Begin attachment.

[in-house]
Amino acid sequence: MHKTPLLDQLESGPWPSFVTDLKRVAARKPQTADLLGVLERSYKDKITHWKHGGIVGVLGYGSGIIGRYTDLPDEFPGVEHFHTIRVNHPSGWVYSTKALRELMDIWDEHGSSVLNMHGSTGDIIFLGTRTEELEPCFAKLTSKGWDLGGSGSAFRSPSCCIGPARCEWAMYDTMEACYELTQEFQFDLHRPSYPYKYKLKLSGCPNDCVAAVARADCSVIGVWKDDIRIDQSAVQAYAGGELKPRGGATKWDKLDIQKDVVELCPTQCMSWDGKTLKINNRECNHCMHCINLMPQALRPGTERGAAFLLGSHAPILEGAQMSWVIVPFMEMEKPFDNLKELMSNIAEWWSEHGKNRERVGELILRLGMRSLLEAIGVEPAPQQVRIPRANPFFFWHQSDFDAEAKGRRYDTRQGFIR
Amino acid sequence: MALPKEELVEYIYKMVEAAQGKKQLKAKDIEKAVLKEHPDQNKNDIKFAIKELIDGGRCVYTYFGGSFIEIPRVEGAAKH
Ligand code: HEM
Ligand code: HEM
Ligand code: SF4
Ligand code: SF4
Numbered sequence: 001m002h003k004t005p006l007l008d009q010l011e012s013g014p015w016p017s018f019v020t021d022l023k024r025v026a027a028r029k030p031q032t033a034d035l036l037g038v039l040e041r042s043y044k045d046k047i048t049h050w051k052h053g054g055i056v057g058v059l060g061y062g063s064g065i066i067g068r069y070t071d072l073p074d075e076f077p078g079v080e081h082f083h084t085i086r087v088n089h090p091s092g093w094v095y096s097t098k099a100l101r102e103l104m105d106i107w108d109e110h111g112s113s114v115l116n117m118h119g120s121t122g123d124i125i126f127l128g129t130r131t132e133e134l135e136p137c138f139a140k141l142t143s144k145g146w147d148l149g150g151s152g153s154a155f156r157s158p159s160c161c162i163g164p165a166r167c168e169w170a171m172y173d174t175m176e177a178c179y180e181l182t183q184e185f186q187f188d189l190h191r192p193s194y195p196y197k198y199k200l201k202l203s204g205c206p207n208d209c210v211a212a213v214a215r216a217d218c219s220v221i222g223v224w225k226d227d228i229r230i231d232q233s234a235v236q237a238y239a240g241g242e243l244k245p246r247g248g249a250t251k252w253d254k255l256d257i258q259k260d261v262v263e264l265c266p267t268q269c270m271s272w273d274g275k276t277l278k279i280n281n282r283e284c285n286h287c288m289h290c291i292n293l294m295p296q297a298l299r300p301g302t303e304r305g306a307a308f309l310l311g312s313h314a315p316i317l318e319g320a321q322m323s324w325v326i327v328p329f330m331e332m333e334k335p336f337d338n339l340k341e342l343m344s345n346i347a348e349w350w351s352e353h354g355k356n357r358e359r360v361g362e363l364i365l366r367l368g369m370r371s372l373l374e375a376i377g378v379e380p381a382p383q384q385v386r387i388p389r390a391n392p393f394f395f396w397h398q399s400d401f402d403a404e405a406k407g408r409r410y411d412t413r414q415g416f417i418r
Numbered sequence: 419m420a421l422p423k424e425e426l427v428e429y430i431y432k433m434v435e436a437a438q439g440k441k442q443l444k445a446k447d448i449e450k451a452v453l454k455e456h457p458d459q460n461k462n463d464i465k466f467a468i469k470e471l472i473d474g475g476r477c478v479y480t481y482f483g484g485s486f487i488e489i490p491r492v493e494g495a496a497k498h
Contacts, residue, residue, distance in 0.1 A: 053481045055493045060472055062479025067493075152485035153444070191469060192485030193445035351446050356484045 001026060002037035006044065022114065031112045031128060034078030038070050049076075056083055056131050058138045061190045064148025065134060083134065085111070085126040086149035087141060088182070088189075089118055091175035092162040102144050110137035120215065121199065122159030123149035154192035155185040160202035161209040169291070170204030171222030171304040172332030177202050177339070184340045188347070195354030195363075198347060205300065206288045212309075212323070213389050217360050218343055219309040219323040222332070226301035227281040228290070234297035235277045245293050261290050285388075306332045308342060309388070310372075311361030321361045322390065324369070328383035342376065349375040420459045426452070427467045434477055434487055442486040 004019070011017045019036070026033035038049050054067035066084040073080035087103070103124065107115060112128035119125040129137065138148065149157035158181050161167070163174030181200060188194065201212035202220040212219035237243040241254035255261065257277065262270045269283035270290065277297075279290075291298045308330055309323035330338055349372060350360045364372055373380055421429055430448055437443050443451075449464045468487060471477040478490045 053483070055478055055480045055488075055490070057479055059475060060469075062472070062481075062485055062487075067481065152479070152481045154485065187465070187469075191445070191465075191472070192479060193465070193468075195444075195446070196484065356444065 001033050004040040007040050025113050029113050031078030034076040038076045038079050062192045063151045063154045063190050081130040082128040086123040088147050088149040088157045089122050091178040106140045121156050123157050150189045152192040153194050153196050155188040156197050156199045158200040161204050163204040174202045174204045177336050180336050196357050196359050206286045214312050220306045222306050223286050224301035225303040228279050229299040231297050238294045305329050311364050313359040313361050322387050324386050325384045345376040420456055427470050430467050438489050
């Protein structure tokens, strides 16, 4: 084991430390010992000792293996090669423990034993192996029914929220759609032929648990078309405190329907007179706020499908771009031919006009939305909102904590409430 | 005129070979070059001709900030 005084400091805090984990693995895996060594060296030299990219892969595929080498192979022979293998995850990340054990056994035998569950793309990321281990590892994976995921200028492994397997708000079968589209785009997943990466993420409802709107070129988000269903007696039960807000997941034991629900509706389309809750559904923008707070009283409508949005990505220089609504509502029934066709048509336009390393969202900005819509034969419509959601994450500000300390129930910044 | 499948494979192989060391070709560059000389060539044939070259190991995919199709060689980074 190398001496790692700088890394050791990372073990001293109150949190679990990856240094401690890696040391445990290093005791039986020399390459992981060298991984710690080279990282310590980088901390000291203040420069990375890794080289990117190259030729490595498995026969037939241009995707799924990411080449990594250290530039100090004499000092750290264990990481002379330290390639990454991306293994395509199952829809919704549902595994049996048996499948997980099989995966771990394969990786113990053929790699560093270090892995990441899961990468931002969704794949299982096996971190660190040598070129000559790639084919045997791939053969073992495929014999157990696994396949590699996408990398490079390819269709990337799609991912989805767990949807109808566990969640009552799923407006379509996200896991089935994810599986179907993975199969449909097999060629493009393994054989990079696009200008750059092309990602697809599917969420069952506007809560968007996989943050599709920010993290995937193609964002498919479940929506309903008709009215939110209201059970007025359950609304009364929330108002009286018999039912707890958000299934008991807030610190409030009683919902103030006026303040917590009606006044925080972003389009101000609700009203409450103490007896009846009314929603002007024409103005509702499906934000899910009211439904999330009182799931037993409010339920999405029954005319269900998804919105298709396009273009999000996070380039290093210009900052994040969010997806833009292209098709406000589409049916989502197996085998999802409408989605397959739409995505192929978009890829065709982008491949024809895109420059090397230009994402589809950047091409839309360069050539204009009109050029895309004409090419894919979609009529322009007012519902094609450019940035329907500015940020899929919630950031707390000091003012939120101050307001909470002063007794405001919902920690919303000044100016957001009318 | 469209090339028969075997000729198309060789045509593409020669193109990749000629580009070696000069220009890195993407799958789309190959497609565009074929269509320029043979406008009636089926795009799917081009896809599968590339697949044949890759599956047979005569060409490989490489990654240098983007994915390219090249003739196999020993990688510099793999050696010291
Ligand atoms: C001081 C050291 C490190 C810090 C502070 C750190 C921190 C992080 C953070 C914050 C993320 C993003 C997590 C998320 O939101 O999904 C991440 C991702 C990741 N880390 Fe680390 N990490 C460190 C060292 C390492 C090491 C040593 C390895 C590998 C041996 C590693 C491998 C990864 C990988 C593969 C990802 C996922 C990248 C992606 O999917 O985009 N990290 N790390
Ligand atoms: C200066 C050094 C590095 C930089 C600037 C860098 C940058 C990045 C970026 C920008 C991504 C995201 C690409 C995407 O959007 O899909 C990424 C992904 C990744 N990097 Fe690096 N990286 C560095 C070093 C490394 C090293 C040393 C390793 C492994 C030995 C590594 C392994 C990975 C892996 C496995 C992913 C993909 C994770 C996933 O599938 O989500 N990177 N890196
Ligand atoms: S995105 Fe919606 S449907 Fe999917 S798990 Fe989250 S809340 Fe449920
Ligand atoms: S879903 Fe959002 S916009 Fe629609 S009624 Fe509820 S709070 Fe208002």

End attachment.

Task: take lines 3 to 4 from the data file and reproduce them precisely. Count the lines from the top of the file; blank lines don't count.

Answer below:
Amino acid sequence: MALPKEELVEYIYKMVEAAQGKKQLKAKDIEKAVLKEHPDQNKNDIKFAIKELIDGGRCVYTYFGGSFIEIPRVEGAAKH
Ligand code: HEM